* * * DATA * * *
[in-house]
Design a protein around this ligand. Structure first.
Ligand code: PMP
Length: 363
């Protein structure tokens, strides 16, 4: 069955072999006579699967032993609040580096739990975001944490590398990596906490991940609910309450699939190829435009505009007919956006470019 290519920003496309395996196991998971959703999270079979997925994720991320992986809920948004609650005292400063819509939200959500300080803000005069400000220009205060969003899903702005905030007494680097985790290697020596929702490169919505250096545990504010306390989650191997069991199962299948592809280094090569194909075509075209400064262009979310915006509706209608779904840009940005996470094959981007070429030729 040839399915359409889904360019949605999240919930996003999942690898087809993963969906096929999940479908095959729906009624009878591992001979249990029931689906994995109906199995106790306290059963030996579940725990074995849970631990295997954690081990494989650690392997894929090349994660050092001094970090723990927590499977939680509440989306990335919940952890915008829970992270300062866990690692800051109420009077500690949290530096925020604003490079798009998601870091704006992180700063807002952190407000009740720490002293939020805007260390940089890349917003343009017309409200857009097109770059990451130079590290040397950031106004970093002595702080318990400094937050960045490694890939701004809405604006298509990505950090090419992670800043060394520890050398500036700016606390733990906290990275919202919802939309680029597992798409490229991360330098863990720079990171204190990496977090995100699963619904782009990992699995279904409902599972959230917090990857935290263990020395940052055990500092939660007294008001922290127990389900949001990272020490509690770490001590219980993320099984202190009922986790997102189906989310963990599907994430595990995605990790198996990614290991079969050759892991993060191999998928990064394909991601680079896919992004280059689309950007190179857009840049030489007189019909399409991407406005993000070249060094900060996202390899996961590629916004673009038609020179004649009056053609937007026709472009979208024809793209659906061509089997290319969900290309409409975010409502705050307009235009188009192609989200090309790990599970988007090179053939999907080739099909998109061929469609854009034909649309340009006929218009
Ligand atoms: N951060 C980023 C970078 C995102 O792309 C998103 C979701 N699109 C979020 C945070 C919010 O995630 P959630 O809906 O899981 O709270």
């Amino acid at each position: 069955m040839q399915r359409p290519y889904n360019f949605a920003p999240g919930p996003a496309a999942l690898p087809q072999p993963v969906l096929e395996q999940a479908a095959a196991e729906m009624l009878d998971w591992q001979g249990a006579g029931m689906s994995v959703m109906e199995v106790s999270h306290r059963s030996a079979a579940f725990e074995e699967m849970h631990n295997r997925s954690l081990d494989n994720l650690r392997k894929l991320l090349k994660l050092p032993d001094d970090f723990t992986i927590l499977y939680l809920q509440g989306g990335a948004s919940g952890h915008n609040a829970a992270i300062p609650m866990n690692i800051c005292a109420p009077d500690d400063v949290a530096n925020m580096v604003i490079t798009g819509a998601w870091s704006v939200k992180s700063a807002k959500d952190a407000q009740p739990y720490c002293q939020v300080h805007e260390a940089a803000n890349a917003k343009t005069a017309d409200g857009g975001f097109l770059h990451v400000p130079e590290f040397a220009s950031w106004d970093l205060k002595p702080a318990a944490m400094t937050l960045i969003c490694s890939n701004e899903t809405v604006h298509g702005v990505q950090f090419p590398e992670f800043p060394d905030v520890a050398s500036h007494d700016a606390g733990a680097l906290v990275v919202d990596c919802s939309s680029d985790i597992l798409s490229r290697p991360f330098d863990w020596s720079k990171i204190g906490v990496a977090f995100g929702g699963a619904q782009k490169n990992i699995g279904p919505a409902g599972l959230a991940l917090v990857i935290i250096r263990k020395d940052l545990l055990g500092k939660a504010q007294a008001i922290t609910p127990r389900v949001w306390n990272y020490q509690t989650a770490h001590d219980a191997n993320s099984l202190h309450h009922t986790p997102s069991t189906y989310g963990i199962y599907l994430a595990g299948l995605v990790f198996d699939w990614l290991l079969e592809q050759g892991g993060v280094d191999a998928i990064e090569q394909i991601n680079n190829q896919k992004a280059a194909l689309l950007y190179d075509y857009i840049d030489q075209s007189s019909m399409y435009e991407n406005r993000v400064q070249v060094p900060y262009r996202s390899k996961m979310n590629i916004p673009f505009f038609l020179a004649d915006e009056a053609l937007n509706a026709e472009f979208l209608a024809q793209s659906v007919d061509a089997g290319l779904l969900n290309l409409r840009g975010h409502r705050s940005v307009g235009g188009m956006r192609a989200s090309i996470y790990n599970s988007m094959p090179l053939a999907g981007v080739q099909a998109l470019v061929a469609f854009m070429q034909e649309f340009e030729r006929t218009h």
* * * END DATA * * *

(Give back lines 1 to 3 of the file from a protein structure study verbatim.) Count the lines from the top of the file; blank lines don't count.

[in-house]
Design a protein around this ligand. Structure first.
Ligand code: PMP